Hermit’s Rest Historic Building In Grand Canyon National Park

Historic Hermit's Rest at Grand Canyon National Park

Reaching Hermit’s Rest was a cause for celebration!

After spending our first day driving from scenic viewpoint to scenic viewpoint along the 25 mile Desert View Drive, stopping at the Desert View Watch Tower and the Tusayan Ruin, and then walking through all of Grand Canyon Village, on our second day at Grand Canyon National Park, we decided to walk most of the 7.8 mile Canyon Rim Trail.

We stopped at every stunning scenic viewpoint along Hermit Road and the Canyon Rim Trail, including Trailview Overlook, Maricopa Point, Powell Point, Hopi Point, Mohave Point, The Abyss, Monument Creek Vista, and Pima Point, as well as many stops along the trail between the lookouts. Finally, our last stop along Hermit Road was historic Hermit’s Rest at the very end of the road.

With the only other restroom along Hermit Road way back at Hopi Point and us drinking lots of water to stay hydrated, our first stop was the restrooms. Then we did some exploring around Hermit’s Rest — and to be honest, it wasn’t our favorite part of the day.

While the Hermit’s Rest building is beautiful, the experience there was not what we had hoped, but exactly what we had expected.

The views of Grand Canyon were blocked by a dense line of trees and shrubs along the edge of the canyon and the entire area was very crowded and very loud. And, holy moly, the line of people waiting for food from the snack bar was insane — we were never so happy to have backpacks full of food and water!

To reach Hermit’s Rest from the parking area/shuttle stop, a path leads passed a stone arch with a broken bell that Colter salvaged from a Spanish mission in New Mexico. As you reach the covered porch and entrance, a low stone wall of rubble masonry separates the outdoor observation area from the drop-off into the canyon.

After checking out the beautiful interior of Hermit’s Rest, we didn’t stick around long. Brian got in the line for the free park shuttle and soon we all hopped back on the bus for the ride back to Grand Canyon Village — and it’s a good thing we did, because by the time we got back to the village, it began to snow again and the snow was much heavier!

About Hermits Rest

Built in 1914 and designed by architect Mary Colter, Hermit’s Rest was originally built as a rest area for tourists on coaches operated by the Fred Harvey Company who were traveling to the now-vanished Hermit Camp. Located at the western end of Hermit Road, the structure was built to resemble an old miner’s cabin or hermit’s hideaway.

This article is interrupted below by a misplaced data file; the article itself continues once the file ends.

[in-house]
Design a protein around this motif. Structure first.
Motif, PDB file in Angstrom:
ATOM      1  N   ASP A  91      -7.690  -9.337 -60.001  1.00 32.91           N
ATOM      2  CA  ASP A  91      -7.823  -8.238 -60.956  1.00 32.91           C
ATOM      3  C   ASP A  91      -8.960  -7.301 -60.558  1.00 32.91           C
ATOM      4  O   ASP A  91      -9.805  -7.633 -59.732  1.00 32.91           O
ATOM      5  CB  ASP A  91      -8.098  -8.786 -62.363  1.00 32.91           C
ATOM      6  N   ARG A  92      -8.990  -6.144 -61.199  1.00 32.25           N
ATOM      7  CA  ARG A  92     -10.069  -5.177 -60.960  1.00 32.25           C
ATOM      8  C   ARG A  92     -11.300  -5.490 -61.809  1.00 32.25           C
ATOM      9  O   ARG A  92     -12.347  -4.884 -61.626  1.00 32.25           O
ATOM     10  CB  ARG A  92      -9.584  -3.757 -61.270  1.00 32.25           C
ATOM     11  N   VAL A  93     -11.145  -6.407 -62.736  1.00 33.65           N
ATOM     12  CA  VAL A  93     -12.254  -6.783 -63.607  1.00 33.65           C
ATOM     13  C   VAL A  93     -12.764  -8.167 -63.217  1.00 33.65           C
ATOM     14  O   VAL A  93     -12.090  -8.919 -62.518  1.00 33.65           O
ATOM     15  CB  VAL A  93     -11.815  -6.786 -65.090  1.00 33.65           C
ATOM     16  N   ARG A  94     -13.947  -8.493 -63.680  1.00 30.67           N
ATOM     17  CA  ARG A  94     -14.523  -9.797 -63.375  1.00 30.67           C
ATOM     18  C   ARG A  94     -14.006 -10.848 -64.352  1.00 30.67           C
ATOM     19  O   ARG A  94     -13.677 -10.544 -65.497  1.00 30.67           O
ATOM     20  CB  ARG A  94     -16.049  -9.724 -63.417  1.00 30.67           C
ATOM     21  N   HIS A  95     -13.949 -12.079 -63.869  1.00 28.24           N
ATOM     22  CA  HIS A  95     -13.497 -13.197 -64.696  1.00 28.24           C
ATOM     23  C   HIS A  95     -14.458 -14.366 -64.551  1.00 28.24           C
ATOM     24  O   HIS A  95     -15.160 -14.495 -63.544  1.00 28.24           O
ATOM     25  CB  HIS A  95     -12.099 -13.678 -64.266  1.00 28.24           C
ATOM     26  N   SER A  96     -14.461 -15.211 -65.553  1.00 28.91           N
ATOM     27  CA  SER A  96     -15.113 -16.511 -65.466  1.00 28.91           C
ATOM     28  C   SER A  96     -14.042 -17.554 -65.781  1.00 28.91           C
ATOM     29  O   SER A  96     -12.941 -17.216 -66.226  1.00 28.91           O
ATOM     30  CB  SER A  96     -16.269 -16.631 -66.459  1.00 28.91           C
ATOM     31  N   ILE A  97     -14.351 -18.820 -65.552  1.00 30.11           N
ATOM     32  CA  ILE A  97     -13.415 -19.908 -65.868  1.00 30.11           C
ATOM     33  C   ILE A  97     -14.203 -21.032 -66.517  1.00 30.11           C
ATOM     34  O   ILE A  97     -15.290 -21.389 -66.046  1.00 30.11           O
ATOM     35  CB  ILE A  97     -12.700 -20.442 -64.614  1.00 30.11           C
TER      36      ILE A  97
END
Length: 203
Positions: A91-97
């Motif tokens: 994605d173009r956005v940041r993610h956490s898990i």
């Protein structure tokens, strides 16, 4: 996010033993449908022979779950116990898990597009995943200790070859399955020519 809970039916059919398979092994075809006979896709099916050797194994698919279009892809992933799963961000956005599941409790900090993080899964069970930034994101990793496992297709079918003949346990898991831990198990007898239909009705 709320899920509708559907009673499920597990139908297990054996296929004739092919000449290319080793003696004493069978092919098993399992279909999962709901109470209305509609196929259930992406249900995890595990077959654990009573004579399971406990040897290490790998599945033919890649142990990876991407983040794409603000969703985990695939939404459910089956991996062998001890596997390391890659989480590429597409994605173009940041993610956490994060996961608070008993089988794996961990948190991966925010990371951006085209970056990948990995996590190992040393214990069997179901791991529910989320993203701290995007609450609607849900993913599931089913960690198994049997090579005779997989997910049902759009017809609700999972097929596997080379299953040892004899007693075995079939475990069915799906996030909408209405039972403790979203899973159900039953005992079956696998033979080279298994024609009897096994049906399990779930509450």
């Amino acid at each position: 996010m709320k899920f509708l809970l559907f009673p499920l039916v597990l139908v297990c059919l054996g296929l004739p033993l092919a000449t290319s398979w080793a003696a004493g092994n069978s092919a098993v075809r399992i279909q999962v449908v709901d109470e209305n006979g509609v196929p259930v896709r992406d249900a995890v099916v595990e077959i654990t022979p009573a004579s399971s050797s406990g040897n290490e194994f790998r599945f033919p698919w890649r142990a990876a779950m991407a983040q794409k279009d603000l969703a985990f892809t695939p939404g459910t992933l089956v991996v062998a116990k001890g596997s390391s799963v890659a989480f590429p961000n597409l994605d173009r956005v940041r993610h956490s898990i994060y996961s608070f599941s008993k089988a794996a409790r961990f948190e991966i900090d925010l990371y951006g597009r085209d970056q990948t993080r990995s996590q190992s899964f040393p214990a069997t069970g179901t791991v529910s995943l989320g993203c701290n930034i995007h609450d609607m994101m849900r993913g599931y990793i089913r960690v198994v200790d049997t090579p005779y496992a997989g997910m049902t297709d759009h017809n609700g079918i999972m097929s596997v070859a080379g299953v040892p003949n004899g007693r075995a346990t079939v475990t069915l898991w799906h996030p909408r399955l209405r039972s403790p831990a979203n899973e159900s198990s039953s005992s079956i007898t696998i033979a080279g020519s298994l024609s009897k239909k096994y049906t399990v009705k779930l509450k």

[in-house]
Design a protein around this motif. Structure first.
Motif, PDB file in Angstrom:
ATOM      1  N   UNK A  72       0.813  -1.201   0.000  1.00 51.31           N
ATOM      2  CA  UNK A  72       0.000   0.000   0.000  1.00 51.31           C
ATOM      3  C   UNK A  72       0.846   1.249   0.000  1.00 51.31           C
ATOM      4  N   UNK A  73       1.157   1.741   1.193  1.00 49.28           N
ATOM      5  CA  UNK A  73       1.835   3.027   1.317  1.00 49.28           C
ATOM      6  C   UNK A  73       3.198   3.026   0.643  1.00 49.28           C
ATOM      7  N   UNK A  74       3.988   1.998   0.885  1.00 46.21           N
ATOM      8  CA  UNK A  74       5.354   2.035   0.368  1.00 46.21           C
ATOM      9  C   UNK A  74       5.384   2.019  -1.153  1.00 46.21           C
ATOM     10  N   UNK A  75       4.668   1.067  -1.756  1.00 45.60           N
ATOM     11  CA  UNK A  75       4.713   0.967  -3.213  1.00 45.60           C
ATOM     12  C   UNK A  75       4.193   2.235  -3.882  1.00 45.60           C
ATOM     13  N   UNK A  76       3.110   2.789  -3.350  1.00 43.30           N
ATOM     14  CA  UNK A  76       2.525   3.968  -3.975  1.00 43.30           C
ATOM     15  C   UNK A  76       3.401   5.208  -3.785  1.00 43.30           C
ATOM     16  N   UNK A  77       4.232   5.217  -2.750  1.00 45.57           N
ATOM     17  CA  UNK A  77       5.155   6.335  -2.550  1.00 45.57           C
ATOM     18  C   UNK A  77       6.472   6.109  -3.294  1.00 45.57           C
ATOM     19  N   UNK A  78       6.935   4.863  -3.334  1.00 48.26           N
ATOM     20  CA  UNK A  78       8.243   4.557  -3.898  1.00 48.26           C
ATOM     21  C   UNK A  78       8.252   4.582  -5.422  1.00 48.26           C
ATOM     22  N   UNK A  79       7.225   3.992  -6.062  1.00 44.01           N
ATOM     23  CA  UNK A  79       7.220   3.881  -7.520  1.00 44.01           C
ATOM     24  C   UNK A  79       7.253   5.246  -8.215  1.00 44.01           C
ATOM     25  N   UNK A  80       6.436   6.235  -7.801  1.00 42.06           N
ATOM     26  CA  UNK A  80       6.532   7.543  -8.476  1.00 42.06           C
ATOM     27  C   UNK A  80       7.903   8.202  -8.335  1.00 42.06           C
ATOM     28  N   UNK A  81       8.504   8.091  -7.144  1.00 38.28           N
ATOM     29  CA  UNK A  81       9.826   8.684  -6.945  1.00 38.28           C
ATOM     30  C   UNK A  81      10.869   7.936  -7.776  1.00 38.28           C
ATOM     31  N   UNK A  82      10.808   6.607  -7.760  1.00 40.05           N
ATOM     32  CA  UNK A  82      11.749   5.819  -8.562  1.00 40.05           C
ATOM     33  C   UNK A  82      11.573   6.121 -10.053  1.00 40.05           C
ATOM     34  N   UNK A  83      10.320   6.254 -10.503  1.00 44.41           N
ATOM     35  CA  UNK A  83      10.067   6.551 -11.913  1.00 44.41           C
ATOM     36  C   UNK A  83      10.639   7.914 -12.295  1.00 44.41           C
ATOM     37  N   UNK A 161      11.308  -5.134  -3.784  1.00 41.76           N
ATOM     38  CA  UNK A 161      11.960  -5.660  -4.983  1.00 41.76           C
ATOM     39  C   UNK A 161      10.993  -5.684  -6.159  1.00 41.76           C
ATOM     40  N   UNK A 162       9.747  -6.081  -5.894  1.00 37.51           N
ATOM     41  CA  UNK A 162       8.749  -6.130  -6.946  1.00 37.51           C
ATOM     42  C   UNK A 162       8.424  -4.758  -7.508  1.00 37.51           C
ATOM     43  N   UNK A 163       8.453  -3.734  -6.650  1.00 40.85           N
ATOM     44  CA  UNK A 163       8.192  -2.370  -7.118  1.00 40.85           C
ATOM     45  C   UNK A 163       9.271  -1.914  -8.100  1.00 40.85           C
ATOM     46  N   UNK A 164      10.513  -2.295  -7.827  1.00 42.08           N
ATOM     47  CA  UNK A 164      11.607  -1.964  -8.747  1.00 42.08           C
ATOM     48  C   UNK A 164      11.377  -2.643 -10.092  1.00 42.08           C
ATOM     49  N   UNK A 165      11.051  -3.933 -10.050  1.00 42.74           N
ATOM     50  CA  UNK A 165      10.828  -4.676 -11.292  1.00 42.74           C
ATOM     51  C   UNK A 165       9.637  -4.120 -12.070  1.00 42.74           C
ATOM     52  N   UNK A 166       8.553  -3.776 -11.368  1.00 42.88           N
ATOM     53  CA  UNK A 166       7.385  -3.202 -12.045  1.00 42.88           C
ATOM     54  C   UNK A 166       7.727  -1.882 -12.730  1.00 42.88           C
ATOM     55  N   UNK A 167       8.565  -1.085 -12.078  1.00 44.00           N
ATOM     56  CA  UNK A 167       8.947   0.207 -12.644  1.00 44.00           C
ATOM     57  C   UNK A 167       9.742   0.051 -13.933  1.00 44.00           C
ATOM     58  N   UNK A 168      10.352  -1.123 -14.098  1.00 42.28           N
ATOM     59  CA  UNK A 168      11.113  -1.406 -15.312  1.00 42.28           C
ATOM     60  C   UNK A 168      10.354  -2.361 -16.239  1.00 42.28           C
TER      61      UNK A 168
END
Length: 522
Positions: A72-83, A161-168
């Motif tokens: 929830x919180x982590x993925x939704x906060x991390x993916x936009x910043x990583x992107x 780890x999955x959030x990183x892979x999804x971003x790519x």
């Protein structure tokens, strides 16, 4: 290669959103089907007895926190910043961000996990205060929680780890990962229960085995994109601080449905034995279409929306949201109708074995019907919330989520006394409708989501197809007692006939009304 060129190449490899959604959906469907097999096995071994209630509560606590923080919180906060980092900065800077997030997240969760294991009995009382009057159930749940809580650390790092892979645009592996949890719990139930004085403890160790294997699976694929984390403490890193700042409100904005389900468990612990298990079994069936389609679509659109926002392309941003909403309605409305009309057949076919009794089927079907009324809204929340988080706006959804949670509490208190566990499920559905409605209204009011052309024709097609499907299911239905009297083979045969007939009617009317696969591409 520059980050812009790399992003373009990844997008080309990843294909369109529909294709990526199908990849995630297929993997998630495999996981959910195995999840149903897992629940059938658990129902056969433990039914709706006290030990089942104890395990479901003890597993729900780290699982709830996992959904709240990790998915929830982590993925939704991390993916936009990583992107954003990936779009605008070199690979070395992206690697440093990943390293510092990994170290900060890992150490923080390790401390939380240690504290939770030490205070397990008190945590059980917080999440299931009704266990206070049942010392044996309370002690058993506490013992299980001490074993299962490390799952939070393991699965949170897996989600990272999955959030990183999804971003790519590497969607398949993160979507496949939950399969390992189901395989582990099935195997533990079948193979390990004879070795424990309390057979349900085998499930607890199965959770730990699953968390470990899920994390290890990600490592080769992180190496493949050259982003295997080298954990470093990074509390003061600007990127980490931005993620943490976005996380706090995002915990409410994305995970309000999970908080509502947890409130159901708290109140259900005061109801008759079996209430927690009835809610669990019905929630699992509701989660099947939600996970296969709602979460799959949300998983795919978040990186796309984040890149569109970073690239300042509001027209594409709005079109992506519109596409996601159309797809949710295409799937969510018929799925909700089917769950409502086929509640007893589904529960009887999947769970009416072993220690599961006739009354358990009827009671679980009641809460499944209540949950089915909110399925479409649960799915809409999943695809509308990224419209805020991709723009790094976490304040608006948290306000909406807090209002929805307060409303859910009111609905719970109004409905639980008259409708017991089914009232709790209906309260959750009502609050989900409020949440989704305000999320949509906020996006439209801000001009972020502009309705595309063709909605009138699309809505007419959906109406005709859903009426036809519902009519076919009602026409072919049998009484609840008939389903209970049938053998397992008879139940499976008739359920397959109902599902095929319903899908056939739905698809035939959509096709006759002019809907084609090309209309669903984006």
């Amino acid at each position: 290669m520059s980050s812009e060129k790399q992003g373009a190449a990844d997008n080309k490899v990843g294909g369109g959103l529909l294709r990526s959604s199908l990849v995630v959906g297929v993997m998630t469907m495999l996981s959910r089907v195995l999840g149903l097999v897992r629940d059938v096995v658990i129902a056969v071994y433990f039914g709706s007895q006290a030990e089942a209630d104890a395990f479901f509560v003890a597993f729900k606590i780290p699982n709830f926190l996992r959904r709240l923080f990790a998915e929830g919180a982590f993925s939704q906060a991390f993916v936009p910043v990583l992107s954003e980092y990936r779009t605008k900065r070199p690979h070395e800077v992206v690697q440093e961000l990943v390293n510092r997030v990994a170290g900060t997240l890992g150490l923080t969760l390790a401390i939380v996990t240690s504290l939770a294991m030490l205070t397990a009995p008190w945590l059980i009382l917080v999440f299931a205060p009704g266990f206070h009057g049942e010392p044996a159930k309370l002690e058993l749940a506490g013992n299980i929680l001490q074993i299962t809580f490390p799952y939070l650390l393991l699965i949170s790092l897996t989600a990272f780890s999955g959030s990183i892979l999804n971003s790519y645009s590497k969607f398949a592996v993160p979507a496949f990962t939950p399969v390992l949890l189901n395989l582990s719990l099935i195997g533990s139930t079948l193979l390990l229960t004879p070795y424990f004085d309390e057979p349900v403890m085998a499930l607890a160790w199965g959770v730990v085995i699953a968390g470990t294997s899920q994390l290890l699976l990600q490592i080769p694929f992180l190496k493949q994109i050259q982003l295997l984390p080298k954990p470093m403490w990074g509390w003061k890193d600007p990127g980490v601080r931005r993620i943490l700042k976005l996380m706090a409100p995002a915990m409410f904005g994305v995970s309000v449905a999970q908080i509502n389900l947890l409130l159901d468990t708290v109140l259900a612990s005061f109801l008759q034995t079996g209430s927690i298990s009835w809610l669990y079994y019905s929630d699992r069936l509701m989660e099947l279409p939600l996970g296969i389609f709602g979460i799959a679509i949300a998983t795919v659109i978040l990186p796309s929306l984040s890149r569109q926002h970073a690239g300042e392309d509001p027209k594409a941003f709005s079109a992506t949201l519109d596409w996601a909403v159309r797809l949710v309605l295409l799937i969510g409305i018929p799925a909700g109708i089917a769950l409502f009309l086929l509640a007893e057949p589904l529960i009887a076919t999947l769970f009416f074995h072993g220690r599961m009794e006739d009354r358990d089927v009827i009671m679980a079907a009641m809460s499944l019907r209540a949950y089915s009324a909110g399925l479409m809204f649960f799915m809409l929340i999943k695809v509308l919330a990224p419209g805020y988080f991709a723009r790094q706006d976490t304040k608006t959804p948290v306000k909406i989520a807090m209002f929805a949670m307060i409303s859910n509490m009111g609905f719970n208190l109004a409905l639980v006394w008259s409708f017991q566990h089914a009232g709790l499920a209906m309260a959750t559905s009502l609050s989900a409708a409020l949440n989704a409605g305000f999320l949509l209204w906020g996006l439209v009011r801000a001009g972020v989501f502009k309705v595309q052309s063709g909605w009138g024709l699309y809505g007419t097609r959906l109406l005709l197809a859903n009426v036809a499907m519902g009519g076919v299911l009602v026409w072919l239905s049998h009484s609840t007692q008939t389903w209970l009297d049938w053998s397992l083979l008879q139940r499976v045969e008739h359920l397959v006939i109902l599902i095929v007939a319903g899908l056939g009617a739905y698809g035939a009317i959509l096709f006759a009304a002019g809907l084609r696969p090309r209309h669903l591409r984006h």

Standing only a few feet from the edge of the Grand Canyon rim, Hermits Rest is partially buried in a man-made hill. The exposed portions of the building, made of rubble masonry bonded with cement mortar, structural logs, and a few expanses of glass, are designed to look like a natural rock formation.

Hermits Rest has covered front porch, and inside, the building open up into a large, two-story tall, open room. Directly opposite the entry, a giant semi-circular alcove with a raised flagstone floor and fireplace dominates the space. Wrought-iron wall sconces holding candles flank the far edges of the alcove.

The main room contains a gift shop and there are also several smaller rooms used for the snack bar, office, and storage, as well as the rug room where native crafts and Navajo rugs are sold.

Some of the furnishings seen at Hermits Rest, like the the chairs and tables that may be of German origin, the European pendulum clock, the bear traps, and frontier items decorating the exterior post, are antiques included in the 1987 National Historic Landmark designation.

Know Before You Go

  • Hermit’s Rest is located at the western end of Hermit Road in Grand Canyon Village, Arizona 86023 in Grand Canyon National Park, Coconino County.
  • Hermits Rest is open from 8:00 am to 6:00 pm in summer and 9:00 am to 5:00 pm in winter.
  • Hermits Rest has a water bottle filling station, a snack bar, vault toilets, and a gift shop — but consider packing your own food as the line at the snack bar is VERY long and VERY slow.
  • The Hermit Trail, winding steeply down into the canyon, begins about 0.5 miles, 0.8 km west of Hermits Rest.
  • Hermit Road follows the South Rim for 7.0 miles from Grand Canyon Village to Hermit’s Rest. The Canyon Rim Trail also travels from Grand Canyon Village to Hermit’s Rest, but over 7.8 miles because it hugs the edge of the canyon rim and runs between Hermit Road and Grand Canyon.
  • Don’t want to hike the entire Canyon Rim Trail? No problem? You can walk/hike between scenic overlooks or take the shuttle and mix it up, so you could walk the shorter distances and ride the shuttle for the longer distances.
  • In the winter, you can drive your own vehicle from scenic viewpoint to scenic viewpoint, but the rest of the year, you need to ride the free shuttle bus.
  • Traveling from Grand Canyon Village, the Hermit Road (Red) Shuttle Route stops at nine overlooks — Trailview Overlook, Maricopa Point, Powell Point, Hopi Point, Mohave Point, The Abyss, Monument Creek Vista, Pima Point, and Hermit’s Rest. Traveling from Hermit’s Rest to Grand Canyon Village, the shuttle stops at only four overlooks — Hermits Rest, Pima, Mohave, and Powell Points.
  • You can also travel to Hermit’s Rest by bike. If you didn’t bring a bike, you can rent a bike at Bright Angel Bicycles near the South Rim Visitor Center.
  • Hermits Rest is one of four Mary Jane Colter Buildings that, as a set, were added to the National Register of Historic Places and declared to be a National Historic Landmark in 1987. All were designed by Colter and were built for the Fred Harvey Company, which operated restaurants and hotels under contract with the Atchison, Topeka and Santa Fe Railway, parent of the Grand Canyon Railway.

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